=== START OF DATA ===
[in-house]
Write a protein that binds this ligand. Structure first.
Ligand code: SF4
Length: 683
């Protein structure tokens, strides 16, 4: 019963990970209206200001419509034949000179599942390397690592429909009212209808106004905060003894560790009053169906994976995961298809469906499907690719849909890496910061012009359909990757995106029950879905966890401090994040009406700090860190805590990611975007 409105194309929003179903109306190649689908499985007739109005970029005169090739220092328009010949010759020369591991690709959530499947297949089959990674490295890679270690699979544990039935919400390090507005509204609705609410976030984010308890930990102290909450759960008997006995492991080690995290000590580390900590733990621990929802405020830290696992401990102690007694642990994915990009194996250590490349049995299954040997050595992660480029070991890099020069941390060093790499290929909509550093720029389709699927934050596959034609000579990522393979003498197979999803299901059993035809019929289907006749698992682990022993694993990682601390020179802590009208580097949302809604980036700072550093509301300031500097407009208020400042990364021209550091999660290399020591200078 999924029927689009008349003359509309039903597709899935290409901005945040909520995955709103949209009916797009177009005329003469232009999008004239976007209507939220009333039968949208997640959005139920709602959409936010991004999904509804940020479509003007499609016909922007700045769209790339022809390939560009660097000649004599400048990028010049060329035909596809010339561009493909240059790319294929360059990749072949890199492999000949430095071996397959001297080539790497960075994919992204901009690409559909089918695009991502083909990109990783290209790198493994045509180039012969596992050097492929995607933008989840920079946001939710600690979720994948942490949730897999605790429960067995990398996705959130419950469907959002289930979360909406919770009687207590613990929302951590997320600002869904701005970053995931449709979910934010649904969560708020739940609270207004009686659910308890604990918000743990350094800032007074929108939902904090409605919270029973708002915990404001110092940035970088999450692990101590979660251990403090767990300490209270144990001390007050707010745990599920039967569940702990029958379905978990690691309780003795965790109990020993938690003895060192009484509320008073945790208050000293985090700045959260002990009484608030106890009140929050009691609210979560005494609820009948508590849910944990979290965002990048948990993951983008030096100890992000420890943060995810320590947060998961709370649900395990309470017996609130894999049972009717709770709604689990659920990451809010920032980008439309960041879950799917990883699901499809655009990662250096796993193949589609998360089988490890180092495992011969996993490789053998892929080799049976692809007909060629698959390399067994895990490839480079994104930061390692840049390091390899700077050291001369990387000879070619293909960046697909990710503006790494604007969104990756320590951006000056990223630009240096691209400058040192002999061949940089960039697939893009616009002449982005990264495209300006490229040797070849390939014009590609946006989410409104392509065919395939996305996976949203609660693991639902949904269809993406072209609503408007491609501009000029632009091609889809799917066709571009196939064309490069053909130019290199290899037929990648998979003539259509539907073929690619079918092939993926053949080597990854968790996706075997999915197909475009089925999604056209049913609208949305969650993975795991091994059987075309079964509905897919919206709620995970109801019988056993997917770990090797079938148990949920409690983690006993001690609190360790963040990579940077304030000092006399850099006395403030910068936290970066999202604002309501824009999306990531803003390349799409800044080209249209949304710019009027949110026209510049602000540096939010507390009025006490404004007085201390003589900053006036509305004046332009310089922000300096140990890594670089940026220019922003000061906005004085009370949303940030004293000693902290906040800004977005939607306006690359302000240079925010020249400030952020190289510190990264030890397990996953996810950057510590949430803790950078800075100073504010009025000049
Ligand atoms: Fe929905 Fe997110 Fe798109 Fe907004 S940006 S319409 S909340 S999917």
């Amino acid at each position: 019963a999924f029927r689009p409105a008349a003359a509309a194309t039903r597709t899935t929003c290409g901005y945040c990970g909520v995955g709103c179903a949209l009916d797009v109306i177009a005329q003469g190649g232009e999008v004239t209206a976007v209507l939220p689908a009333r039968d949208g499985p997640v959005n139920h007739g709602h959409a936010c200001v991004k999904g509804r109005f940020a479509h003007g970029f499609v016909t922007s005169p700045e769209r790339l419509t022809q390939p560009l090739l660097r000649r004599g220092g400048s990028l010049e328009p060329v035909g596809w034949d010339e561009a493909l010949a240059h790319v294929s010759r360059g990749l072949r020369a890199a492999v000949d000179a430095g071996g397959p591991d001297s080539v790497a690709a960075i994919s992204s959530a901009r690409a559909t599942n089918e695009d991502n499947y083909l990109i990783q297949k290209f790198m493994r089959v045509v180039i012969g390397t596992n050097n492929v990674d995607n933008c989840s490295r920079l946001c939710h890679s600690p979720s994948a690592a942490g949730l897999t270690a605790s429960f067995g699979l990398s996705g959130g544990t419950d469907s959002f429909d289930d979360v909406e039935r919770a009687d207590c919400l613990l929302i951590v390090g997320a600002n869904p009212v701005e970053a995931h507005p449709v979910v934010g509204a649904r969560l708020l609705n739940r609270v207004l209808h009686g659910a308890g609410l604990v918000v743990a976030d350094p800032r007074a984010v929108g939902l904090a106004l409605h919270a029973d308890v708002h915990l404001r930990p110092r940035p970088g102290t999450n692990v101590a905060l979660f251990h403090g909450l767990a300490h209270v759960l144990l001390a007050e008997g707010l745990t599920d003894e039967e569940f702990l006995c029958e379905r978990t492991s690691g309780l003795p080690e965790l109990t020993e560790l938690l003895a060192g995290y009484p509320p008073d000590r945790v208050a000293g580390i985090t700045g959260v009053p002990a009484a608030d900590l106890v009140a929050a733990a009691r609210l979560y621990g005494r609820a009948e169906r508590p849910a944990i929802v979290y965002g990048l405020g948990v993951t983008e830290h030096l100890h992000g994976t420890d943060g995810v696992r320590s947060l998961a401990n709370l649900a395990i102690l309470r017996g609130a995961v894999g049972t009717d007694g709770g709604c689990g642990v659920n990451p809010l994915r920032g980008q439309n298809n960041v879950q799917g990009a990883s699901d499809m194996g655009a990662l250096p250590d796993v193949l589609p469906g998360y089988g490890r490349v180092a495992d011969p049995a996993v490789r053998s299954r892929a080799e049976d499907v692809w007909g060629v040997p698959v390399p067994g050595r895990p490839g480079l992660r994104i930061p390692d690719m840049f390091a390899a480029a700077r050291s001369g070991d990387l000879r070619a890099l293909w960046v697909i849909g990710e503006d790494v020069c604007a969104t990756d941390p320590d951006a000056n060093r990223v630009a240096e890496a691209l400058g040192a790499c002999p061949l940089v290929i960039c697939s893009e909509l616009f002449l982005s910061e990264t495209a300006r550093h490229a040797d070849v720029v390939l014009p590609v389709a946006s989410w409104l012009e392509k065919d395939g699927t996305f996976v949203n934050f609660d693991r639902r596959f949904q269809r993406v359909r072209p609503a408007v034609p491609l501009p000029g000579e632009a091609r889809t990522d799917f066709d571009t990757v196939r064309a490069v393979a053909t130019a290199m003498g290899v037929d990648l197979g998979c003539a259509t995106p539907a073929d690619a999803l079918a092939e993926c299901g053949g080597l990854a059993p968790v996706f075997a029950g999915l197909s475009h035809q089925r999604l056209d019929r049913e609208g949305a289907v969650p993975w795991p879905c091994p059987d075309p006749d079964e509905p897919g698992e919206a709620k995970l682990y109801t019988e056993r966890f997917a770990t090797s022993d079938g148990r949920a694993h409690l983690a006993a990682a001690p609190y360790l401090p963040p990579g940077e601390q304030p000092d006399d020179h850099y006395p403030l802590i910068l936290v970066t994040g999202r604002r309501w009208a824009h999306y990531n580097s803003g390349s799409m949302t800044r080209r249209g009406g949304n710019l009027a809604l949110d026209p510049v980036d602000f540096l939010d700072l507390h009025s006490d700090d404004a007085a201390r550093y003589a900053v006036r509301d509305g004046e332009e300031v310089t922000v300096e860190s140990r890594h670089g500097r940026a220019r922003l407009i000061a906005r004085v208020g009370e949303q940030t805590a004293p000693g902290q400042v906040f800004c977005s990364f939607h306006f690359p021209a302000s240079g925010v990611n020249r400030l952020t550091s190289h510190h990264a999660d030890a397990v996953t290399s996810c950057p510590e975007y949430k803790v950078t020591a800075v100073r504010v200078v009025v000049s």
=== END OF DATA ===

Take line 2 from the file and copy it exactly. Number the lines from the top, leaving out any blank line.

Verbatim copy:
Write a protein that binds this ligand. Structure first.